Treasure chests & libraries of plants: Learn about herbaria

Written by Catherine Clulow and Thaakira Samodien

Herbaria are treasure chests of knowledge and a priceless resource often not acknowledged or understood. Much scientific research relies on herbarium collections. These collections aid plant identifications and are the keys to opening doors of understanding for studies of vegetation change and plant diversity, unpacking lineages, ecology, morphologies and so much more. Working in herbaria may not be everyone’s cup of tea but these vaults of plant specimens and other collection gems are highly valuable. The Botanical Society of South Africa (BotSoc) wish to highlight this and acknowledge the great value that herbaria have to offer.

What is a herbarium?

Did you know that plants and books have something in common? A Library! A library for plants is called a herbarium. A herbarium is like a warehouse or library of information about plant biodiversity. Preserved plants are stored, catalogued and systematically arranged by professionals and amateurs from different walks of life. Herbaria are of immense practical use and are of fundamental importance to science.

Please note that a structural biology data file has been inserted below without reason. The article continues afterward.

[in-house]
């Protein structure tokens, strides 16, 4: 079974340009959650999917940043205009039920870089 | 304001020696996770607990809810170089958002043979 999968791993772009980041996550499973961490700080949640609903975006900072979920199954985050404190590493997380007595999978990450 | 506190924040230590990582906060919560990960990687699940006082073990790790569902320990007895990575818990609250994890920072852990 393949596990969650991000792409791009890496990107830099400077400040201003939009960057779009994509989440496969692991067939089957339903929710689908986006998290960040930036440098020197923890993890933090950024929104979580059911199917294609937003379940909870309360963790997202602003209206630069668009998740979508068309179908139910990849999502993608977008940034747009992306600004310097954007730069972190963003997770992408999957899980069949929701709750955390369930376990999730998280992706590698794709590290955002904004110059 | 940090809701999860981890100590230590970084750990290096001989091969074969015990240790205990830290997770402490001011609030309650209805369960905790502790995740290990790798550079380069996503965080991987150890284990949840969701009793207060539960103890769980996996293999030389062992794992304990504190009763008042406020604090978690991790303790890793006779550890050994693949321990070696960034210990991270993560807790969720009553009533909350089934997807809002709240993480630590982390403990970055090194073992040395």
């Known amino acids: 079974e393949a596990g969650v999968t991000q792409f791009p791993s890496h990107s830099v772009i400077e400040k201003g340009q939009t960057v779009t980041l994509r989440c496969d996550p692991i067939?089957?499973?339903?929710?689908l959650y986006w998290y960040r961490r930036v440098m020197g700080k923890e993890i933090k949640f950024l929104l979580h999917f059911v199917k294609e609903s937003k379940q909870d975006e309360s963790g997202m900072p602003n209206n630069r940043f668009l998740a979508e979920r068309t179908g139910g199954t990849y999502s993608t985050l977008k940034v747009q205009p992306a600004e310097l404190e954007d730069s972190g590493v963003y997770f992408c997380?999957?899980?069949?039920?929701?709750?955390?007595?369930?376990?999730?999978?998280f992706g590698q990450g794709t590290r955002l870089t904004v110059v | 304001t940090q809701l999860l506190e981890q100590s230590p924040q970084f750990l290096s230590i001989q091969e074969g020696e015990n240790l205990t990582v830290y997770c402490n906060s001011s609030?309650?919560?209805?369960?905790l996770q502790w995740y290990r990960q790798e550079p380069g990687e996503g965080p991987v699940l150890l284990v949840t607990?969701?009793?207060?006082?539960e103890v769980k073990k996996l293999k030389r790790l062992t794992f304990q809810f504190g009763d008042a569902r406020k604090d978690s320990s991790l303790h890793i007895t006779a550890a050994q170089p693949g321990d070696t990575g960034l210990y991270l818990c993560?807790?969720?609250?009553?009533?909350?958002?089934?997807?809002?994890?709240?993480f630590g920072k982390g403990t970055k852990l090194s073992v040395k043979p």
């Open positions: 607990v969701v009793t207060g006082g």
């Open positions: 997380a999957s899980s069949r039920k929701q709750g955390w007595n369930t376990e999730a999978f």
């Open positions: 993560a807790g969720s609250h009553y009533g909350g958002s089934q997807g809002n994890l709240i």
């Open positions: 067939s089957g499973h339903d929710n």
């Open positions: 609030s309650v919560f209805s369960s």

Preserved collections and information about these specimens, including description, where it is found, its uses, when they flower and more, facilitate current and future generations to identify plants and study biodiversity, to support conservation, ecology and sustainable development.

What is in a collection?

A large variety of plant specimens and information about them is found in any herbarium. For a list of herbaria around the world, with the scope and size of their collections see this link.

What is collected?

A specimen may be a whole plant or parts of a plant. This includes samples of leaves, stem, bark, flowers and/or fruits. Exactly what is collected is dependent on the plant. Specimens may also include photographs and DNA samples. Many specimens are donated. Others are exchanged or targeted collections.

What are herbaria used for?

Common research that may use herbarium collections include:

  • Mapping current and past ecological and geographic distributions of plants to help with landcare and bioprospecting;
  • Learning more about the evolutionary history of plants;
  • Documenting the existing and changing nature of plant communities and their associated habitats;
  • Invasion biology and weed ecology;
  • Molecular phylogenetics;
  • Classification and naming of plants (Also known as plant taxonomy).